Funny French for your language exchange


Borgne = One-eyed

Represents a person who can only see with one eye, e.g. a pirate with a blindfold over one eye is a “Borgne” pirate. Not to be confused with a Cyclops who has always had only one eye. A “Borgne” person has had two eyes but has lost the use of one.

Frappadingue = Crazy

Is a word that refers to a person or sometimes a completely crazy situation. More intense than just crazy or insane.

Spleen = Depressive state of mind

A state of mind described by Baudelaire in his book “Les Fleurs du Mal” (The Flowers of Evil) and which designates a feeling of depression, deep nostalgia, a pain to live, however it is not completely pejorative because it also implies a rage to live, a hope born out of despair.

Pas fut fut = Silly

Is used to characterize someone who is not very intelligent shortened from the verb “être futé” generally used to say in a less mean way about someone who is not very intelligent.

Many expressions expressing the same thing exist in France, you can also say “Il n’a pas la lumière à tous les étages” which means literally that “he doesn’t have light on every floor” or “Qu’il n’a pas inventé l’eau tiède” wich means “that he didn’t invent warm water” or “Qu’il n’a pas inventé le fil à couper le beurre” “that he didn’t invent the butter-cutting wire”. All these expressions mean the same thing.

Chouchou = Elastic hair band

Is an object that is used to attach hair in a ponytail, bun or any other hairstyle of your choice, it is a rubber band most of the time.

Libellule = Dragonfly

Is an insect called dragonfly.

Paupiette = A special French dishes

Is a meat dish most often made from veal or beef in a ballotine filled with stuffing. It is a typical dish.

Blabla = Talking Blah blah blah

Is a word for talking about things that aren’t interesting or that you don’t believe. For example, “ Il m’a dit des choses qui n’étaient que du blabla” which means “he told me things that were just blah blah.”

Ladybird = Ladybird

Is an insect with peas on its back also called Ladybird.

Avoir le cafard = Literally to have the cockroach = Be downhearted

It’s a term for being depressed, sad, having a bad time.

Casser les oreilles = Literally To break ears = To make your ears bleed

If someone sings out of tune or too loud next to you, that’s the right expression to use. This can happen if someone is shouting or a baby is crying, for example, any situation that implies that the sound level of someone or something is bothering you.

Casser les pieds = Literally To break feet = To be fed up

In the same way when someone is bothering you we use this expression, nobody is literally going to break someone’s feet, it just reflects a malaise.

La fin des haricots = Literally The end of the beans = The last straw/the straw that broke the camel’s back.

Is used to mark the end of time, a disaster, the end of the world in an exaggerated way generally the situation is not as serious as that.

Courir sur le haricot = Literally Running on the bean = Skating/treading on thin ice

Staying on the beanstalk this expression is close to “casser les pieds” when someone bothers you, does something that doesn’t suit you that annoys you then you can use one of these two expressions.

Donner sa langue au chat= The cat’s got your tongue

When someone gives you a riddle or asks you to answer a question and you don’t know the answer this expression reflects the fact that you have given up asking for the answer and haven’t been able to find it.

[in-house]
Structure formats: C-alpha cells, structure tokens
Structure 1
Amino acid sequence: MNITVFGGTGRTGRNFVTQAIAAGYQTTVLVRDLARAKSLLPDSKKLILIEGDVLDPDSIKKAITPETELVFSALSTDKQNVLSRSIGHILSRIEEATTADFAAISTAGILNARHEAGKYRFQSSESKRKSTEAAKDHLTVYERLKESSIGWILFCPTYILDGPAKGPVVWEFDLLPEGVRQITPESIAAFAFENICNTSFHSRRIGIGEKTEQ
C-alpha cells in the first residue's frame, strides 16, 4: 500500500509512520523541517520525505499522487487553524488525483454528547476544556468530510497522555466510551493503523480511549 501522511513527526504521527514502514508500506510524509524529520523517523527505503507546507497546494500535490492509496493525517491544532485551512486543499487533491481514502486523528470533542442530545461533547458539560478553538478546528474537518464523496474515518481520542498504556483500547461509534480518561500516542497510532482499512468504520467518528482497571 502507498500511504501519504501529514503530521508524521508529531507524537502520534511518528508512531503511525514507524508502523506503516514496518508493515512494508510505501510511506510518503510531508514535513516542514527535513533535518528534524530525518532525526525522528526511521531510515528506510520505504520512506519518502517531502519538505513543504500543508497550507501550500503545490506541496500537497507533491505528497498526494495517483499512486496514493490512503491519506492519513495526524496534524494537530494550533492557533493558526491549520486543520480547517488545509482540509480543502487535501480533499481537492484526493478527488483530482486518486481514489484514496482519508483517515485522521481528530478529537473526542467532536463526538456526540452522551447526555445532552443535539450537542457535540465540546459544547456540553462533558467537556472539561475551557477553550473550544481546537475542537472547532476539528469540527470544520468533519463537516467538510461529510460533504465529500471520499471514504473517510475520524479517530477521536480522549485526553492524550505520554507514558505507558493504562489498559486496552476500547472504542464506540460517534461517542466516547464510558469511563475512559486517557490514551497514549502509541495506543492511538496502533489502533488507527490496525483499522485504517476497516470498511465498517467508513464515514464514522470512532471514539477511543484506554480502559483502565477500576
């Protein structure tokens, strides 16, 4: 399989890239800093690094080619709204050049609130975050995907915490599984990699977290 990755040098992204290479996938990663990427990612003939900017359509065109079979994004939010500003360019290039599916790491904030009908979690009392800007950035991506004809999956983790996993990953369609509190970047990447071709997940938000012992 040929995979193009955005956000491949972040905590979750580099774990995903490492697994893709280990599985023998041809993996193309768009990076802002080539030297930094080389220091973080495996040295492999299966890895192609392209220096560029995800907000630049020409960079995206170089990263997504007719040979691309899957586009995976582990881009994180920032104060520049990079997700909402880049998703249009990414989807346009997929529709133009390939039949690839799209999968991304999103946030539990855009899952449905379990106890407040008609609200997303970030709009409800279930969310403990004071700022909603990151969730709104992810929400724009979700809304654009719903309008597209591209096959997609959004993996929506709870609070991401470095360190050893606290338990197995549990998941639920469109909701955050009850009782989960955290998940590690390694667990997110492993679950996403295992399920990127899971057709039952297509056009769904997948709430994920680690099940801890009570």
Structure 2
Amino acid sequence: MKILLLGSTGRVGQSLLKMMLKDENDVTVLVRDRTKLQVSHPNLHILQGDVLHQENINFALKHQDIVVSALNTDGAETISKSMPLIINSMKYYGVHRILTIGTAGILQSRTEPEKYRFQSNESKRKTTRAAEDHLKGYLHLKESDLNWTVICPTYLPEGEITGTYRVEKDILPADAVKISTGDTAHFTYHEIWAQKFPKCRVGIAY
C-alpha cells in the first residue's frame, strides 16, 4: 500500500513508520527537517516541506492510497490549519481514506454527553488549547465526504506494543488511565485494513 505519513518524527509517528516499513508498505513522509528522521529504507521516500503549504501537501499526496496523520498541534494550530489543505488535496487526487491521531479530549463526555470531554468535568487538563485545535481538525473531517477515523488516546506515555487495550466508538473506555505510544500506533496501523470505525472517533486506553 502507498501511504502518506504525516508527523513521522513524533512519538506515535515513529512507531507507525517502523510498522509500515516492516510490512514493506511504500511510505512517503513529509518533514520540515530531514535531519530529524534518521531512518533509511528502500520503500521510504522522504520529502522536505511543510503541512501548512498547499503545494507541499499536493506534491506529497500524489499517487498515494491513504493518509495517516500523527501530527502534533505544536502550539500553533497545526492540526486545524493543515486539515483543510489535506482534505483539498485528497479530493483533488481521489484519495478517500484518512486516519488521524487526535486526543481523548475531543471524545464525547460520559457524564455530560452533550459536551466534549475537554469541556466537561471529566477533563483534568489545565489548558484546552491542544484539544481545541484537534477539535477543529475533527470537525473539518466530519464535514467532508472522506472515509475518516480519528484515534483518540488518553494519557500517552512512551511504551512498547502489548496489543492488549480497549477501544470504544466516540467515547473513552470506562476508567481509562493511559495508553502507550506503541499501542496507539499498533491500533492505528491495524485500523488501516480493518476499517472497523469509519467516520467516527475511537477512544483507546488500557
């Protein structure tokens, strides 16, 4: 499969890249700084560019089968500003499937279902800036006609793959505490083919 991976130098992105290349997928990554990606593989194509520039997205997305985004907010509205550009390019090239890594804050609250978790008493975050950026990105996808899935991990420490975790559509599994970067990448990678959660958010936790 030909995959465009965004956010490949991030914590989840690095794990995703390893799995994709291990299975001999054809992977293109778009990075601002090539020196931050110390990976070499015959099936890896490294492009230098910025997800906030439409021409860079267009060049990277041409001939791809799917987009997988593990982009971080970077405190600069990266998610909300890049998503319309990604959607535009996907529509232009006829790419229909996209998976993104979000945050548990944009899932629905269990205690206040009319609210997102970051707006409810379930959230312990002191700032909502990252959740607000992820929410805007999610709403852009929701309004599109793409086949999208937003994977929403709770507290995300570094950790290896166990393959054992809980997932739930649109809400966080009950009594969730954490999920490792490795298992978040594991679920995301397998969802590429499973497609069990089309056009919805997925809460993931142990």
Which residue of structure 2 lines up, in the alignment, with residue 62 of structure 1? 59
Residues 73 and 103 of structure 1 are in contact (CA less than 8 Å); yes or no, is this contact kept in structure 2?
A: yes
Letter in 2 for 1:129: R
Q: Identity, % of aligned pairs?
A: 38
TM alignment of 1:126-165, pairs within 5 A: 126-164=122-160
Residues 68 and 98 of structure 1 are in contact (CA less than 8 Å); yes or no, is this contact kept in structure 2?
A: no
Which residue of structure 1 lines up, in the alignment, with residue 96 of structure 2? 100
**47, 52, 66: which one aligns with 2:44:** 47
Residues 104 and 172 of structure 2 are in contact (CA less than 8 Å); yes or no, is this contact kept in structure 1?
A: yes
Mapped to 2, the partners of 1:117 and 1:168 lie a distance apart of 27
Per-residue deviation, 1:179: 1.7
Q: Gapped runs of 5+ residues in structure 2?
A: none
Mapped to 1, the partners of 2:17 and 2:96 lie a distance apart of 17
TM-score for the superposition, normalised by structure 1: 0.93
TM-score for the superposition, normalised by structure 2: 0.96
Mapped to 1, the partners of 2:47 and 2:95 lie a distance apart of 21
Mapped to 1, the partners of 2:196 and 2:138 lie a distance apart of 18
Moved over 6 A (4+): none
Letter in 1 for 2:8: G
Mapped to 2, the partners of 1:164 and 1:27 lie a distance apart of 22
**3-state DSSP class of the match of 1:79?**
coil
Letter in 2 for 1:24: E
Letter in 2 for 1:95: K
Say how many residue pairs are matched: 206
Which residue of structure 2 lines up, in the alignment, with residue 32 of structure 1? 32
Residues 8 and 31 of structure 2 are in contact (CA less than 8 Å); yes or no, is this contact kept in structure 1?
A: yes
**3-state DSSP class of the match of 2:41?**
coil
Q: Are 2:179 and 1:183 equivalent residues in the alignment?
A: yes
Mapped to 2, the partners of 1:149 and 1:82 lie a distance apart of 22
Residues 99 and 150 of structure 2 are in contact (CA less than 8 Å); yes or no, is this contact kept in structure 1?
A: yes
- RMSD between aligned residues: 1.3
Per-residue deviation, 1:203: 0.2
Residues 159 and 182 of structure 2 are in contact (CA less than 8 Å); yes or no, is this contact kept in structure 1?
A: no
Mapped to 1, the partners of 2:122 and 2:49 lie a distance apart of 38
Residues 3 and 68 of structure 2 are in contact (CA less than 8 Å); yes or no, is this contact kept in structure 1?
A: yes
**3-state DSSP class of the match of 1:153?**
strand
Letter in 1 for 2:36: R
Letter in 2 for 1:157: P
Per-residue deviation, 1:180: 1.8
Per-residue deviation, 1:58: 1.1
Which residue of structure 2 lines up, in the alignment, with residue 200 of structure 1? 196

Devenir chêvre = Literally Become a goat = Lose your cool

Is an expression that represents going crazy, it can also be used for a person, for example, someone “Vous rends chèvre” which means “he makes you goat” so he makes you crazy.

Les carottes sont cuites = The carrots are cooked = To be in trouble

It is about the same as “la fin des haricots”, it refers to a situation that goes wrong, for example in a movie where the hero finds himself in a dead end blocked in front of the opponent and has no way out, or rather, “les carottes sont cuites” which means it’s over for him.

Poser un lapin = Literally To put a rabbit down = To be let down

This expression is used a lot, it means that you have given an appointment to someone and that person never came, did not warn you or warned you at the last minute and that you were waiting for nothing instead of waiting for an appointment.

Un froid de canard = Literally A cold of duck = A cold snap

Refers to freezing cold, in the middle of winter with a lot of wind for example we can use this expression to talk about the weather.

Se prendre un râteau = Literally Get a rake = To get blown off

When you ask a person for an appointment, a date and the person declines your invitation, is not interested, you are “ s’être pris un râteau” which means “to have taken a rake” from that person or “s’être pris une veste” which means “you took a jacket” so it’s a refusal.

Etre sur son 31 = Literally Be on your 31 = To be on point (21st-century slang: To be on fleek)

When you have an important, chic event and you are getting ready with your best clothes, it is said that you have dressed up in reference to the New Year’s Eve celebrations where people usually make a big effort to dress up.

Il y a quelque chose qui cloche = Literally something bell = Murphy’s law

To say in general that there is something wrong, that the situation has a problem, we use this expression.

Chanter en yaourt = Literally Singing in Yoghurt = Singing with a mouthful of marbles

When a song is in another language than your own, when you don’t know the lyrics but you try to mumble a sound, lyrics like you can when it makes no sense then you are said to be singing in yoghurt.

Now you have some ideas, you can use these for your French language exchange!

Written by: Lisa Lambert, Staff Writer

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